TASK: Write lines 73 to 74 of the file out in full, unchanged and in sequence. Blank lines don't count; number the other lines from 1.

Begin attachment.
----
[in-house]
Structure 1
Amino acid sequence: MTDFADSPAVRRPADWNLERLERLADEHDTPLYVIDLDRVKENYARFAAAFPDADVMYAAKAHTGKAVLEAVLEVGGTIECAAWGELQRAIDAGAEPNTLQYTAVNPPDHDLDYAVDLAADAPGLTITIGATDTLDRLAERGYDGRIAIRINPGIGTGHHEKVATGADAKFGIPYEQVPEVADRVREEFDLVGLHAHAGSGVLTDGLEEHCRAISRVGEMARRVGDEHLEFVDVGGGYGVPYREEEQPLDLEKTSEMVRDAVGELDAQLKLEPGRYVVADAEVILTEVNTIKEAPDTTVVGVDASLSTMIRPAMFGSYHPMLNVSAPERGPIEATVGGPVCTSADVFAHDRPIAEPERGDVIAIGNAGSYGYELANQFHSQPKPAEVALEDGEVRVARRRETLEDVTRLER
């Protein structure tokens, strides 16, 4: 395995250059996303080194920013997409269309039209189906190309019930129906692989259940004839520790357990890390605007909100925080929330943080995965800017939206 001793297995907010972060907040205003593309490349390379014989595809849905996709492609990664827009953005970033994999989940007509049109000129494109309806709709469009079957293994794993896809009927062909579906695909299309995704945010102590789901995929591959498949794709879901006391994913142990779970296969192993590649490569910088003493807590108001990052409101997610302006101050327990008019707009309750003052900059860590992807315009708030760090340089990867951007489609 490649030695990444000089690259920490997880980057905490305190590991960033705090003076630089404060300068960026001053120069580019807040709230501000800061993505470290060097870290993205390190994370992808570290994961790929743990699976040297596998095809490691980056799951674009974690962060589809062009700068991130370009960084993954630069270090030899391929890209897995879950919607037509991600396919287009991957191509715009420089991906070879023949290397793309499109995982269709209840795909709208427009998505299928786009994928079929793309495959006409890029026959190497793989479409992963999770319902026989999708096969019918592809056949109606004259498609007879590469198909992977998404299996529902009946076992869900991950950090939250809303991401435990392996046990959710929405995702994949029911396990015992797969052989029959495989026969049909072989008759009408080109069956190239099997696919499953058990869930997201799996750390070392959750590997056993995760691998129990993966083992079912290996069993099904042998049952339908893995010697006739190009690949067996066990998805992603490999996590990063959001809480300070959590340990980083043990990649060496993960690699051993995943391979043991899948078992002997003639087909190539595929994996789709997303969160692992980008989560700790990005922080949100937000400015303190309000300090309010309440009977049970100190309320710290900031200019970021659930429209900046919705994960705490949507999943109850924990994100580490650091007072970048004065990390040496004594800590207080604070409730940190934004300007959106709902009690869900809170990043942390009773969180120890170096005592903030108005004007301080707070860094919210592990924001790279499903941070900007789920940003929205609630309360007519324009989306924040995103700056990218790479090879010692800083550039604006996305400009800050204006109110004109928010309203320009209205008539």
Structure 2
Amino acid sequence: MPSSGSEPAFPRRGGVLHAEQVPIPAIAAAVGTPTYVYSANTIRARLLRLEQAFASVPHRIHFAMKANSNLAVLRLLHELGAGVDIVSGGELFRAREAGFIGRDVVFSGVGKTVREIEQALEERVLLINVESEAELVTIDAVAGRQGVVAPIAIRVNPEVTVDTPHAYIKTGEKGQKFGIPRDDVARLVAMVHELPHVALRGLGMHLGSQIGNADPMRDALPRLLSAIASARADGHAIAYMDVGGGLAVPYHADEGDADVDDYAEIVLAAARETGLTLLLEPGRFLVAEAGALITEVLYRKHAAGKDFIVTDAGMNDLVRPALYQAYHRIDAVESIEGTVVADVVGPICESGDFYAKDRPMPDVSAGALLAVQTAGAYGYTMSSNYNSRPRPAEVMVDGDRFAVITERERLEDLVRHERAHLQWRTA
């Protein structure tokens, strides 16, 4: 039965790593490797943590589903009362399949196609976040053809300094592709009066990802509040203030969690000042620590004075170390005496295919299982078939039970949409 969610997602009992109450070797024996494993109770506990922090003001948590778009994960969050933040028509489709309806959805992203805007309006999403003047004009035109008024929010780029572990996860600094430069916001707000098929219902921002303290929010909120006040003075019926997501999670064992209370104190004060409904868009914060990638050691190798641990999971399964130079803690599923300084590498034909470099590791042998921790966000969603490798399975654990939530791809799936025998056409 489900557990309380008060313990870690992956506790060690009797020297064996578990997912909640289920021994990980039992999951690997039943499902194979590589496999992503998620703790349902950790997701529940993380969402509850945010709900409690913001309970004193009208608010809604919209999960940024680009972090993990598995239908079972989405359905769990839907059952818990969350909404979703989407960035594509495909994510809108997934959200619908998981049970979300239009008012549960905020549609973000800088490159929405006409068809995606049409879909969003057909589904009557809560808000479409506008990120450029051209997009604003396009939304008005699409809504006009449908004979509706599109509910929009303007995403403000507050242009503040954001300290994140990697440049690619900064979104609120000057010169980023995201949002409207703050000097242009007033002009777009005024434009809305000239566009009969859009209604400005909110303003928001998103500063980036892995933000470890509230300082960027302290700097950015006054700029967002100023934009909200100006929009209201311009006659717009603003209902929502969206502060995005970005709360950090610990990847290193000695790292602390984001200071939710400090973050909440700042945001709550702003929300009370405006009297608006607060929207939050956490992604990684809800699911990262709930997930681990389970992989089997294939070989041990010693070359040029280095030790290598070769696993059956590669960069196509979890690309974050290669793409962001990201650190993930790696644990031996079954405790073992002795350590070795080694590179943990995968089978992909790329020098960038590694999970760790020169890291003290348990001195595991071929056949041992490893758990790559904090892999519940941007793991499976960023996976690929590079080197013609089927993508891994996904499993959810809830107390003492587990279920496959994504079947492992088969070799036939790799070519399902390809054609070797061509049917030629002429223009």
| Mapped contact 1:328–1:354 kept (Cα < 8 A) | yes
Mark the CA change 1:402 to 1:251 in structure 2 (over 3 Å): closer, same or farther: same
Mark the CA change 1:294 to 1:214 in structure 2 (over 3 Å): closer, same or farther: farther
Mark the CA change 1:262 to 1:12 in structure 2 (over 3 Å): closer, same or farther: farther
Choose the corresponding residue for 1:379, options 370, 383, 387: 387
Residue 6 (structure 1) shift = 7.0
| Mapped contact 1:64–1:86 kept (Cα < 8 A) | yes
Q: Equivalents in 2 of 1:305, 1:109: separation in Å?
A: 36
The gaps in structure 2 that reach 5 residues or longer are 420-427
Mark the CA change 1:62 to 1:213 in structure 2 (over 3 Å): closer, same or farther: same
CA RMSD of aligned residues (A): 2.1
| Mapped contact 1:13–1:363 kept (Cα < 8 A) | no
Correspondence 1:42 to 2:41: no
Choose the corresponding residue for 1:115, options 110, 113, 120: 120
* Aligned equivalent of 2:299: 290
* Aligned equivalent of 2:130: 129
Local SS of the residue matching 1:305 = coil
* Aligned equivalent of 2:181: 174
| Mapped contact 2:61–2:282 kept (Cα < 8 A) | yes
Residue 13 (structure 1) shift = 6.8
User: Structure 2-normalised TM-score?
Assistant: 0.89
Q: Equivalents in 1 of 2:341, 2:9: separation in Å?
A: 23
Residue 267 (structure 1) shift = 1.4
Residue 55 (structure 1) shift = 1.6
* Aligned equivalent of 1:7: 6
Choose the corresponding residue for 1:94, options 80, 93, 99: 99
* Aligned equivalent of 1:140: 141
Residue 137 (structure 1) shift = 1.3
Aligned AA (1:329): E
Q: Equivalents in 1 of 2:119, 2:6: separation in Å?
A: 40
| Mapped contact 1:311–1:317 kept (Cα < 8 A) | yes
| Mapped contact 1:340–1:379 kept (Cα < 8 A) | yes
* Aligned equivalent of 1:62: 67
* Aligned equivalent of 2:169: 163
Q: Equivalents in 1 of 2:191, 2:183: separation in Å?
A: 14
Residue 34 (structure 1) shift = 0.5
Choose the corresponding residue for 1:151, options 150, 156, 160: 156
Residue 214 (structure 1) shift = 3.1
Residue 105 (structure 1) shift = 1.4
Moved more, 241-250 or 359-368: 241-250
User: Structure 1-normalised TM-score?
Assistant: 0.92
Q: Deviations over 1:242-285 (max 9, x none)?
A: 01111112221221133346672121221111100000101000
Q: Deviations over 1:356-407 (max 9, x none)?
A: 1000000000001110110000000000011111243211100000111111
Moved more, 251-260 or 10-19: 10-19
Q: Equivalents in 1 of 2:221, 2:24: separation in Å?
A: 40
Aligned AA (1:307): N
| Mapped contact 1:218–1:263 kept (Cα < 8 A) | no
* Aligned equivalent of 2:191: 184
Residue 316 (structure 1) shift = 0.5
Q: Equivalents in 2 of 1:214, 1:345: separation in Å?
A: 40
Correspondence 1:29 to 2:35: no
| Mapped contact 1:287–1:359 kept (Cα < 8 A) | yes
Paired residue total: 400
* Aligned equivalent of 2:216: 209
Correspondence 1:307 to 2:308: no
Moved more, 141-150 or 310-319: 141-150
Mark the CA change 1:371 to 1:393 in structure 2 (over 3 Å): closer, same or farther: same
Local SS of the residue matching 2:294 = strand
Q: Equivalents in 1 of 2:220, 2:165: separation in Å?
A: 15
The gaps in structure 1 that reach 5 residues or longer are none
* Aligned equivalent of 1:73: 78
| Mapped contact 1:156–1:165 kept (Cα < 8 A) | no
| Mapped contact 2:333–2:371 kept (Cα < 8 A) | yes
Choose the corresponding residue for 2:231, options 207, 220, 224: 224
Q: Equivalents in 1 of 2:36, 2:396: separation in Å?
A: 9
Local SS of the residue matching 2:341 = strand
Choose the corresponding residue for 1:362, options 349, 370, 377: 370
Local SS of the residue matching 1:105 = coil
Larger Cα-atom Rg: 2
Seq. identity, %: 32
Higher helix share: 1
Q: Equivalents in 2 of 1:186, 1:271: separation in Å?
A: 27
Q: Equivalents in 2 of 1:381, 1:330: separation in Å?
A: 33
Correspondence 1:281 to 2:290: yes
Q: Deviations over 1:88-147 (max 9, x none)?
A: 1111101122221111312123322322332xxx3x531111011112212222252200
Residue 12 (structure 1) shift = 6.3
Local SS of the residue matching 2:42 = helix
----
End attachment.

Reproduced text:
Moved more, 141-150 or 310-319: 141-150
Mark the CA change 1:371 to 1:393 in structure 2 (over 3 Å): closer, same or farther: same